CONCLUSION:
The notion that stealth has to be absolute is bogus. SWAKs or Swing Wing Adapter Kits largely remove the threat from weapons in the MANPADS to SA-2/6 class. While cruise systems can saturate limited stocks of advanced SAMs vastly more cheaply than manned airpower can be applied to roll back or penetrate their coverage.

Once you realize this. Once you UNDERSTAND that 'better bullets win', _all the time_, you start to see the platform as it should be: a bus whose sole value is it's ability to fly a profile efficiently. As a robotic weapons pylon.

In terms of who-gets-what, and the notion that the U.S. asked for co sponsorship to develop a weapons system which they never intended to sell, /puhleeze/. Even Tier 1 partners were only putting in 2 billion, the rest are in the 800 million and 150 million category which is not even a drop in the bucket of 'three airframes, one name' development effort which will likely top 50 billion and /probably/ come close to 70 billion (i.e. the entirety of the F-22 R&D + Acquisition cost) BEFORE production starts.

The U.S. needs to sell it's death machines because that is all we have left at which we are without doubt superior at (and the effort to smash through the ITAR process promises to sell off even this). The problem is that the JSF is not all that it's cracked up to be. And the notional 'order of things' (knights of the sky paradigm) by which wars are fought but never won is itself largely a redundant psychology based on changing technologic capabilities (less Meteor vs. Ks-172 than the interaction between DEWs and Cheap Precision Missiles).

I personally hope Lunchmeat chokes on their greed. And the U.S. Armed Farces are brought low by their narcissistic 'subservience' to a bully politick foreign policy that they enforce solely to maintain their precious percentage of the budgetary dole. Maybe once we ruin the best military force on the planet with corrupt use and self interest, we can start to move away from 'war as an independent variable' and towards a global rule of law in which idiots like UBL can be chased down by every police force instead of just our own incompetent muzzle mutts.


KPl.



posted on Mar, 13 2006 @ 08:04 PM
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Well ch, as you've said over and over in your post "in my opinion" and "I believe".



And It's spelt "Forces" not "Farces". If I can fix my spelling error with "Phoenix" you can fix yours with "Farces".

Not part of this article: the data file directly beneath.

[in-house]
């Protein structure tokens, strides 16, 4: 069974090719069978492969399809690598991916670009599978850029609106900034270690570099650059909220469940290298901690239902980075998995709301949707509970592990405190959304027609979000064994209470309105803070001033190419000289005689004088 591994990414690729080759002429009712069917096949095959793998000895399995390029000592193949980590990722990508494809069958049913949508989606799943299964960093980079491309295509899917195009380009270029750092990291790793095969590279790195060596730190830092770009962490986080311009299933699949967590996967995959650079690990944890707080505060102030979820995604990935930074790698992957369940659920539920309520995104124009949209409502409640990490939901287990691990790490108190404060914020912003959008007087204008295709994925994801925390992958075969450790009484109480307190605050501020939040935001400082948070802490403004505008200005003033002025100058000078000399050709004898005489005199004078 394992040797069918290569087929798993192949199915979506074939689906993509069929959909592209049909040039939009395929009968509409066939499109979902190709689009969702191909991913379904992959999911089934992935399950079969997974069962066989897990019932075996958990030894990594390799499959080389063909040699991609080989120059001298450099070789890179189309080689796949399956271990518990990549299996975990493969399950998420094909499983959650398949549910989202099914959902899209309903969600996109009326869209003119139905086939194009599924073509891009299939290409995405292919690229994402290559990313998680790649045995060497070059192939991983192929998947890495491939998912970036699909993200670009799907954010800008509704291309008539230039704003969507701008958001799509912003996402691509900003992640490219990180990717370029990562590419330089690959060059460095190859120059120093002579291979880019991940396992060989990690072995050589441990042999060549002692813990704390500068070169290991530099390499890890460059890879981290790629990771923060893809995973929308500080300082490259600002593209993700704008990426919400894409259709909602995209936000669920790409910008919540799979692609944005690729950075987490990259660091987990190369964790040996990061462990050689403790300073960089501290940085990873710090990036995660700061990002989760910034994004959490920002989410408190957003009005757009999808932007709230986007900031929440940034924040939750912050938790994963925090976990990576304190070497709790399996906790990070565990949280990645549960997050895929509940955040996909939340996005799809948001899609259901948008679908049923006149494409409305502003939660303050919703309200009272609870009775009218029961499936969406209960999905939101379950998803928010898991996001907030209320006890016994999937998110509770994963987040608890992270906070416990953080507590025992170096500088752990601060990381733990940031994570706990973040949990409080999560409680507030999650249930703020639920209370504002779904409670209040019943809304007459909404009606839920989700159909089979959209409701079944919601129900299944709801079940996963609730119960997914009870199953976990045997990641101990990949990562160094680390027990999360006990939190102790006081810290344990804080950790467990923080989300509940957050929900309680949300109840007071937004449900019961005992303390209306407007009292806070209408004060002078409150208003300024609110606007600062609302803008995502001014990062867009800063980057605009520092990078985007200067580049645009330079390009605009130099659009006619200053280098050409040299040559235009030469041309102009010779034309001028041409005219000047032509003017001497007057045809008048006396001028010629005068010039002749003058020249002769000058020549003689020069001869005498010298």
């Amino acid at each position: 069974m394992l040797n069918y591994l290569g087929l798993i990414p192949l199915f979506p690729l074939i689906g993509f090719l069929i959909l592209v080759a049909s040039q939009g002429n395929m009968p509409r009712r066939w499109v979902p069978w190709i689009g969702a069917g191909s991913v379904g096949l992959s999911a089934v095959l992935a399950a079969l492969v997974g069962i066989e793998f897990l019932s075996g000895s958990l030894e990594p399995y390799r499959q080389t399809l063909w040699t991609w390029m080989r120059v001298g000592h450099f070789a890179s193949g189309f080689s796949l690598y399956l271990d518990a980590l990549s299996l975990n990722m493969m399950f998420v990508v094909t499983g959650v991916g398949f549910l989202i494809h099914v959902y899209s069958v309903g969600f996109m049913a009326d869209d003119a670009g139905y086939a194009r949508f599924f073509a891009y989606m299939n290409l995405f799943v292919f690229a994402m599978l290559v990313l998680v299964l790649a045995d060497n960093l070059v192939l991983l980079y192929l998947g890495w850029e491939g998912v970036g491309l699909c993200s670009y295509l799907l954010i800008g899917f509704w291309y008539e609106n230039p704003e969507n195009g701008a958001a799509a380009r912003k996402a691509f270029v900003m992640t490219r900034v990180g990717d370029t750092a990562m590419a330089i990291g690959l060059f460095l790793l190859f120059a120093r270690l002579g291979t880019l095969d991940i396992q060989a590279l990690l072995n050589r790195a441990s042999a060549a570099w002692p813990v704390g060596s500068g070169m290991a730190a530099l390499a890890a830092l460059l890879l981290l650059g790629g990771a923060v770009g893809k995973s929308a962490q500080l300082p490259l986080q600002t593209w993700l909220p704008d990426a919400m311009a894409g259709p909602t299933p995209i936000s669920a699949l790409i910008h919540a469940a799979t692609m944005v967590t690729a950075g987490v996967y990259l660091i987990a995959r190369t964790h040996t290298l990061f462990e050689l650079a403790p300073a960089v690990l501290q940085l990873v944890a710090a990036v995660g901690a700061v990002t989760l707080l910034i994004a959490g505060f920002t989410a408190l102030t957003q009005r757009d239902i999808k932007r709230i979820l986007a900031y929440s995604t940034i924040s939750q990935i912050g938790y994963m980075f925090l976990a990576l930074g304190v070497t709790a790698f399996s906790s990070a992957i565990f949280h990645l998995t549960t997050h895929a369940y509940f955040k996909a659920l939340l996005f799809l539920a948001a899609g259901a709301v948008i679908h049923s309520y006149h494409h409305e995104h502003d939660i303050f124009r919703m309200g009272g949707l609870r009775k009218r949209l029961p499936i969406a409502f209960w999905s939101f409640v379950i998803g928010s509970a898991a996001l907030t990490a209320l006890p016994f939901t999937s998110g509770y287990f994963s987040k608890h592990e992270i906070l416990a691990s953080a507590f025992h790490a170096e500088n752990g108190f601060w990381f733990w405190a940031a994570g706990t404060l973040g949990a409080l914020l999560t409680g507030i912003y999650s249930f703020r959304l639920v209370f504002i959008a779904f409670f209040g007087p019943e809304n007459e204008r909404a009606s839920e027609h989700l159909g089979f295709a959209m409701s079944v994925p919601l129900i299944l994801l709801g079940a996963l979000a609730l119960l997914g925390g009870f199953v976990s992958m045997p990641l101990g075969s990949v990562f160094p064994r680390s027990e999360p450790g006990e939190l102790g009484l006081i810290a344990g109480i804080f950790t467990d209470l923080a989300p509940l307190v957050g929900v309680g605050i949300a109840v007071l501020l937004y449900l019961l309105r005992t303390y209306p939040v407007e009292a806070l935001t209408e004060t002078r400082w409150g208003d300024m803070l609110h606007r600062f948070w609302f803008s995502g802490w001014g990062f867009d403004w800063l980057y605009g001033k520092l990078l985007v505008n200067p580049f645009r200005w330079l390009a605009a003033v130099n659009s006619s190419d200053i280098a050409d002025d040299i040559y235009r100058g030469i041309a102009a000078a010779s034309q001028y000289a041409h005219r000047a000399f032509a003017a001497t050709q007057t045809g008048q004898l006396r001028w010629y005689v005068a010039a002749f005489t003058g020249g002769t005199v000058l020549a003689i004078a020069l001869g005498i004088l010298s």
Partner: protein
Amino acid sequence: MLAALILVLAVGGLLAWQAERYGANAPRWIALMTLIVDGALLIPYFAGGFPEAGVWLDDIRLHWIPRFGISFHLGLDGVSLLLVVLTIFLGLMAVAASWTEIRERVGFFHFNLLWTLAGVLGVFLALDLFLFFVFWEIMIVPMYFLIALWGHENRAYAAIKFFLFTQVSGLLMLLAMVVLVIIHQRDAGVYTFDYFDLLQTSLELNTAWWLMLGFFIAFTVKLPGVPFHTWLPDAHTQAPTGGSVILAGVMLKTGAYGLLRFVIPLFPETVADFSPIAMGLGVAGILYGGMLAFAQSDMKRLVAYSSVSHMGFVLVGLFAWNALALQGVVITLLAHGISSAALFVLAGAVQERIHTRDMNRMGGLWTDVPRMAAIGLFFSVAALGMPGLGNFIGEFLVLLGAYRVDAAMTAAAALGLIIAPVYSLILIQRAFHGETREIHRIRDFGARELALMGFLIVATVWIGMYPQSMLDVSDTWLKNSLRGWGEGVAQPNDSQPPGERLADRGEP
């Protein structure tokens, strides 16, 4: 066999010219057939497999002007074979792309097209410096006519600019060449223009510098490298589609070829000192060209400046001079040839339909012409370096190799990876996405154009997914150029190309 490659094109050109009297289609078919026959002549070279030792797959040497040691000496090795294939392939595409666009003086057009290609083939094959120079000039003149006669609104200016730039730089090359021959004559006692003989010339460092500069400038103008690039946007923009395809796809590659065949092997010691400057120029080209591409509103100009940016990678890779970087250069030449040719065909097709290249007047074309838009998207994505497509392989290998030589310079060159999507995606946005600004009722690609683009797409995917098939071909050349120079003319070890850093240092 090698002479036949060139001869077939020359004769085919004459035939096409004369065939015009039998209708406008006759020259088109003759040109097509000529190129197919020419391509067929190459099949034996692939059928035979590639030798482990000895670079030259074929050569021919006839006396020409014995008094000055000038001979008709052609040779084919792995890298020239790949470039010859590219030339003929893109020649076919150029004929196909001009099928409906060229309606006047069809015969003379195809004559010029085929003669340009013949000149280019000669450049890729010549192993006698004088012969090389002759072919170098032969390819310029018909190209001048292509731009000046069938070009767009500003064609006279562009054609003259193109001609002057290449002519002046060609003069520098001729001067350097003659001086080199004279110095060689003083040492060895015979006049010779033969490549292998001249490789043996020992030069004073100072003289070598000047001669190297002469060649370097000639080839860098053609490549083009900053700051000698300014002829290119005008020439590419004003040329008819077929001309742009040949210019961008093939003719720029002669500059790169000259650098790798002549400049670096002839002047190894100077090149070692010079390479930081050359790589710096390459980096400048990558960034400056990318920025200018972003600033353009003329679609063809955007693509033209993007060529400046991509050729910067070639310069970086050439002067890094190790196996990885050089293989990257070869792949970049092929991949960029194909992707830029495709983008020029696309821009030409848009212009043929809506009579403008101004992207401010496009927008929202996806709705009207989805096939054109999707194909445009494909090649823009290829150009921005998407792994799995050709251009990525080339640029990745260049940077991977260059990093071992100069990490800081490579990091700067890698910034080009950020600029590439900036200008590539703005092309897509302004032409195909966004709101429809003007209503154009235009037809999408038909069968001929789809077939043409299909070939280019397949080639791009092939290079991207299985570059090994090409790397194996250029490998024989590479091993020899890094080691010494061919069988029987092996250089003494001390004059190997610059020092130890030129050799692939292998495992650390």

Shattered OUt...



posted on Mar, 13 2006 @ 08:16 PM
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Ok, I guess the question is why does Australia need the strike range of the F-111? Are we really operating in a 1960's mindset of needing to drop bombs on any unfriendly communists who might be gradually moving south, domino style? Or are we happy protecting our sea-air gap with a platform which, qualitatively, is better than anything our immediate neighbours are going to have anytime in the next 20 years? And also gives us a capability that can integrate into a Coalition environment similar to what our Hornets did for Iraqi Freedom? The needs of yesterday do not necessarily reflect the needs of today and tomorrow. The problem people have with replacing platforms is that there is often a "need" to either replace one for one, both in terms of platform numbers, but also capability (ie the F-111 can fly thousands of miles, so we need a platform that can also do that). There are other platforms that can meet Australian needs other than JSF, but saying that we need to replace the strike capabilility of the F-111 is short-sighted. As for the Flanker vs JSF debate, I agreed that merging with a Flanker means it is unlikely a JSF would win. But with a Flanker RCS being what it is, JSF will get FLO before an AA-12 equipped Flanker. And with our platform numbers (100 or so), some good NCW enhancements, including AEW&C, AAR and JORN, and within an Australian context of our expected threat environment, JSF will probably be an adequate solution.